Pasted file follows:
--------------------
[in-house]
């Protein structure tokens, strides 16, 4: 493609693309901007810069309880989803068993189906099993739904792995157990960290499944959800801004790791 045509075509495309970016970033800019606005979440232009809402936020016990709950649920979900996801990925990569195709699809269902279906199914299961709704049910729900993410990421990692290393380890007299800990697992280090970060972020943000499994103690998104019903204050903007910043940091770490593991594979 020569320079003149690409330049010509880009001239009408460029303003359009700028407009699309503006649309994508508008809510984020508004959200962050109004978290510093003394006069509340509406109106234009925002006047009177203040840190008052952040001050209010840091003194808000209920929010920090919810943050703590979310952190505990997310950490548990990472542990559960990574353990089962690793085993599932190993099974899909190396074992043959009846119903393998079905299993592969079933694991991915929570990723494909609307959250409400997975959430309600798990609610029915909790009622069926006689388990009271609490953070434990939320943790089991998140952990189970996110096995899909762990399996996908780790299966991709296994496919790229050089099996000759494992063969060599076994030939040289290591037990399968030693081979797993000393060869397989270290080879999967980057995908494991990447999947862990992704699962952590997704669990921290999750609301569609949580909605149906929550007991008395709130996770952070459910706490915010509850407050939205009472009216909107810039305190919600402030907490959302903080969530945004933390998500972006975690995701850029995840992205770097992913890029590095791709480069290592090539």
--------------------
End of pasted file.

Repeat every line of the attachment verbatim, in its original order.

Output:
[in-house]
């Protein structure tokens, strides 16, 4: 493609693309901007810069309880989803068993189906099993739904792995157990960290499944959800801004790791 045509075509495309970016970033800019606005979440232009809402936020016990709950649920979900996801990925990569195709699809269902279906199914299961709704049910729900993410990421990692290393380890007299800990697992280090970060972020943000499994103690998104019903204050903007910043940091770490593991594979 020569320079003149690409330049010509880009001239009408460029303003359009700028407009699309503006649309994508508008809510984020508004959200962050109004978290510093003394006069509340509406109106234009925002006047009177203040840190008052952040001050209010840091003194808000209920929010920090919810943050703590979310952190505990997310950490548990990472542990559960990574353990089962690793085993599932190993099974899909190396074992043959009846119903393998079905299993592969079933694991991915929570990723494909609307959250409400997975959430309600798990609610029915909790009622069926006689388990009271609490953070434990939320943790089991998140952990189970996110096995899909762990399996996908780790299966991709296994496919790229050089099996000759494992063969060599076994030939040289290591037990399968030693081979797993000393060869397989270290080879999967980057995908494991990447999947862990992704699962952590997704669990921290999750609301569609949580909605149906929550007991008395709130996770952070459910706490915010509850407050939205009472009216909107810039305190919600402030907490959302903080969530945004933390998500972006975690995701850029995840992205770097992913890029590095791709480069290592090539």